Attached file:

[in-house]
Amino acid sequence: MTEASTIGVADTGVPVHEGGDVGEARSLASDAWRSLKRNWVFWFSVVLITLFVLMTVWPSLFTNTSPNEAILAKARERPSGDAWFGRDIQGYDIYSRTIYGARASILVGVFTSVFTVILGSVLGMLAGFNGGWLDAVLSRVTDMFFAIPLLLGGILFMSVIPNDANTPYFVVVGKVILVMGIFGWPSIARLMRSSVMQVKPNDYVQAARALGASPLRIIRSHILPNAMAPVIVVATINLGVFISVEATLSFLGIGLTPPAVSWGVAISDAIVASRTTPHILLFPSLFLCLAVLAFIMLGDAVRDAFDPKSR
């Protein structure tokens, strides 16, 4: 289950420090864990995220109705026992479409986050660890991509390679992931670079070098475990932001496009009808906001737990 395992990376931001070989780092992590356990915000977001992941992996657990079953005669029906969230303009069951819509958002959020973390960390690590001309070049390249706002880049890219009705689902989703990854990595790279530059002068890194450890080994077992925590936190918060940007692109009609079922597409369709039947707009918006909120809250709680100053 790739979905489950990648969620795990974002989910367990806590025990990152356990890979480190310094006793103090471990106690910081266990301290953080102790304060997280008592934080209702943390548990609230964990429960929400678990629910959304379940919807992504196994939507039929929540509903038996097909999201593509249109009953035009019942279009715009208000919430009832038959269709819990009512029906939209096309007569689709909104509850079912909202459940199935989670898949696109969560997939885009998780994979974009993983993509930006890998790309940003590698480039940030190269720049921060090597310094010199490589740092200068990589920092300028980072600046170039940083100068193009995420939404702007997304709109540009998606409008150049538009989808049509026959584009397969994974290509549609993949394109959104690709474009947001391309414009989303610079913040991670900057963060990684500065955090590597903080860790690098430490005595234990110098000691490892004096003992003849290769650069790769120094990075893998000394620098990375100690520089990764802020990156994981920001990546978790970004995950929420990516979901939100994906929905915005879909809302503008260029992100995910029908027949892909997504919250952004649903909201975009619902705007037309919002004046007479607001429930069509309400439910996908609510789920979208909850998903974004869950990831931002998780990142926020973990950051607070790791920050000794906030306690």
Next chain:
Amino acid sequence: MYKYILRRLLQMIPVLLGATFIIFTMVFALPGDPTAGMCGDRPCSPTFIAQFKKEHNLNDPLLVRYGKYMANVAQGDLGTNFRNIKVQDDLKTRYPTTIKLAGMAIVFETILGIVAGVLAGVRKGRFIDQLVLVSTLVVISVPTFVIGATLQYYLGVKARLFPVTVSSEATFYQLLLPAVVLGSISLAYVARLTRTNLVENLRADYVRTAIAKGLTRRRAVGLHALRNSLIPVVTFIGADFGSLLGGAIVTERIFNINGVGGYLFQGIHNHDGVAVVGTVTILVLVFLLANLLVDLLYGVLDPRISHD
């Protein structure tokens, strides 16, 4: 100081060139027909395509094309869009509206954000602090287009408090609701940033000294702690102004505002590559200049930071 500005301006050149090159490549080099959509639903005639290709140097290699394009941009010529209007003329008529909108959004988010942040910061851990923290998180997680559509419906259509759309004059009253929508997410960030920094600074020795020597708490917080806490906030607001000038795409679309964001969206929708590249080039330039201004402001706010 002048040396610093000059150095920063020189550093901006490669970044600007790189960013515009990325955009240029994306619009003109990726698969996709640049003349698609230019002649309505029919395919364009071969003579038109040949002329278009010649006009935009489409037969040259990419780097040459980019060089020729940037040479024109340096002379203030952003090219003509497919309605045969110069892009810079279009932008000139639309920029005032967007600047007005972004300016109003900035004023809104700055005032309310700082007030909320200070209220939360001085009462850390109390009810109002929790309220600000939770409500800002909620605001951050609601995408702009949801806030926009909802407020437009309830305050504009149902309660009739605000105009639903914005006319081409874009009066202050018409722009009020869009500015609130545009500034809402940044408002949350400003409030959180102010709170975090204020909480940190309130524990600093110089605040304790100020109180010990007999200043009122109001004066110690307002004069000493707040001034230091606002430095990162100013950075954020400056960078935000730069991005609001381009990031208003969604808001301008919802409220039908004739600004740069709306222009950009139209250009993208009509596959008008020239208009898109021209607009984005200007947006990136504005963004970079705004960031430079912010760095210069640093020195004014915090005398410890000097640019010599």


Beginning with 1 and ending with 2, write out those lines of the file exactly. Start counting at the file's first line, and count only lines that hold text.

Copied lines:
[in-house]
Amino acid sequence: MTEASTIGVADTGVPVHEGGDVGEARSLASDAWRSLKRNWVFWFSVVLITLFVLMTVWPSLFTNTSPNEAILAKARERPSGDAWFGRDIQGYDIYSRTIYGARASILVGVFTSVFTVILGSVLGMLAGFNGGWLDAVLSRVTDMFFAIPLLLGGILFMSVIPNDANTPYFVVVGKVILVMGIFGWPSIARLMRSSVMQVKPNDYVQAARALGASPLRIIRSHILPNAMAPVIVVATINLGVFISVEATLSFLGIGLTPPAVSWGVAISDAIVASRTTPHILLFPSLFLCLAVLAFIMLGDAVRDAFDPKSR